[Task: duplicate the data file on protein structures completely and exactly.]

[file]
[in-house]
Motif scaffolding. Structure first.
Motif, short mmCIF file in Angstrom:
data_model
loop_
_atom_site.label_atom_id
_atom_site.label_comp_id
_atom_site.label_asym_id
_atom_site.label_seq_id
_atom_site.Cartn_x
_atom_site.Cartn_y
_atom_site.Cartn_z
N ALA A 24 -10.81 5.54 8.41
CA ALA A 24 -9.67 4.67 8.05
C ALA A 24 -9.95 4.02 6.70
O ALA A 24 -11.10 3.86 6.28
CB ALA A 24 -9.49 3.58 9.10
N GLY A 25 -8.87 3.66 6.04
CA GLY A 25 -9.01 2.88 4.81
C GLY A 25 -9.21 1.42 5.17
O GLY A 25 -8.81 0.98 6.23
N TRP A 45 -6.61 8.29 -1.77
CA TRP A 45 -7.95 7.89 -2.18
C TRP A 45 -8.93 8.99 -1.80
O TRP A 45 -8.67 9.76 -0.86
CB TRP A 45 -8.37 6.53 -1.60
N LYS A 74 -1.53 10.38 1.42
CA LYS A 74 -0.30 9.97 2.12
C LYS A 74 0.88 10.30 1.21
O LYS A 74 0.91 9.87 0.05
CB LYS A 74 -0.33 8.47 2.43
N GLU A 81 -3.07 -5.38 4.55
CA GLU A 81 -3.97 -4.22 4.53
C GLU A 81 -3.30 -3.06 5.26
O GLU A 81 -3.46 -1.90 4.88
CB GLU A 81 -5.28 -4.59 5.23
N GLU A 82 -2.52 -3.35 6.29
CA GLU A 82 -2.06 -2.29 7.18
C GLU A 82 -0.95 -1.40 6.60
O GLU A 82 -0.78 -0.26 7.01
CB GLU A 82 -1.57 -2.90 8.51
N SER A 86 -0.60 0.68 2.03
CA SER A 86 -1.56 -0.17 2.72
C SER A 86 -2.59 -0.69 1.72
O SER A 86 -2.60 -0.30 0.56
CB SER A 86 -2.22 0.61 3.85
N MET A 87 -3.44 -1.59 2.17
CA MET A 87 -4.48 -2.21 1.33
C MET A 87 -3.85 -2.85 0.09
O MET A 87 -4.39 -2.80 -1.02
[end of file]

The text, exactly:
[in-house]
Motif scaffolding. Structure first.
Motif, short mmCIF file in Angstrom:
data_model
loop_
_atom_site.label_atom_id
_atom_site.label_comp_id
_atom_site.label_asym_id
_atom_site.label_seq_id
_atom_site.Cartn_x
_atom_site.Cartn_y
_atom_site.Cartn_z
N ALA A 24 -10.81 5.54 8.41
CA ALA A 24 -9.67 4.67 8.05
C ALA A 24 -9.95 4.02 6.70
O ALA A 24 -11.10 3.86 6.28
CB ALA A 24 -9.49 3.58 9.10
N GLY A 25 -8.87 3.66 6.04
CA GLY A 25 -9.01 2.88 4.81
C GLY A 25 -9.21 1.42 5.17
O GLY A 25 -8.81 0.98 6.23
N TRP A 45 -6.61 8.29 -1.77
CA TRP A 45 -7.95 7.89 -2.18
C TRP A 45 -8.93 8.99 -1.80
O TRP A 45 -8.67 9.76 -0.86
CB TRP A 45 -8.37 6.53 -1.60
N LYS A 74 -1.53 10.38 1.42
CA LYS A 74 -0.30 9.97 2.12
C LYS A 74 0.88 10.30 1.21
O LYS A 74 0.91 9.87 0.05
CB LYS A 74 -0.33 8.47 2.43
N GLU A 81 -3.07 -5.38 4.55
CA GLU A 81 -3.97 -4.22 4.53
C GLU A 81 -3.30 -3.06 5.26
O GLU A 81 -3.46 -1.90 4.88
CB GLU A 81 -5.28 -4.59 5.23
N GLU A 82 -2.52 -3.35 6.29
CA GLU A 82 -2.06 -2.29 7.18
C GLU A 82 -0.95 -1.40 6.60
O GLU A 82 -0.78 -0.26 7.01
CB GLU A 82 -1.57 -2.90 8.51
N SER A 86 -0.60 0.68 2.03
CA SER A 86 -1.56 -0.17 2.72
C SER A 86 -2.59 -0.69 1.72
O SER A 86 -2.60 -0.30 0.56
CB SER A 86 -2.22 0.61 3.85
N MET A 87 -3.44 -1.59 2.17
CA MET A 87 -4.48 -2.21 1.33
C MET A 87 -3.85 -2.85 0.09
O MET A 87 -4.39 -2.80 -1.02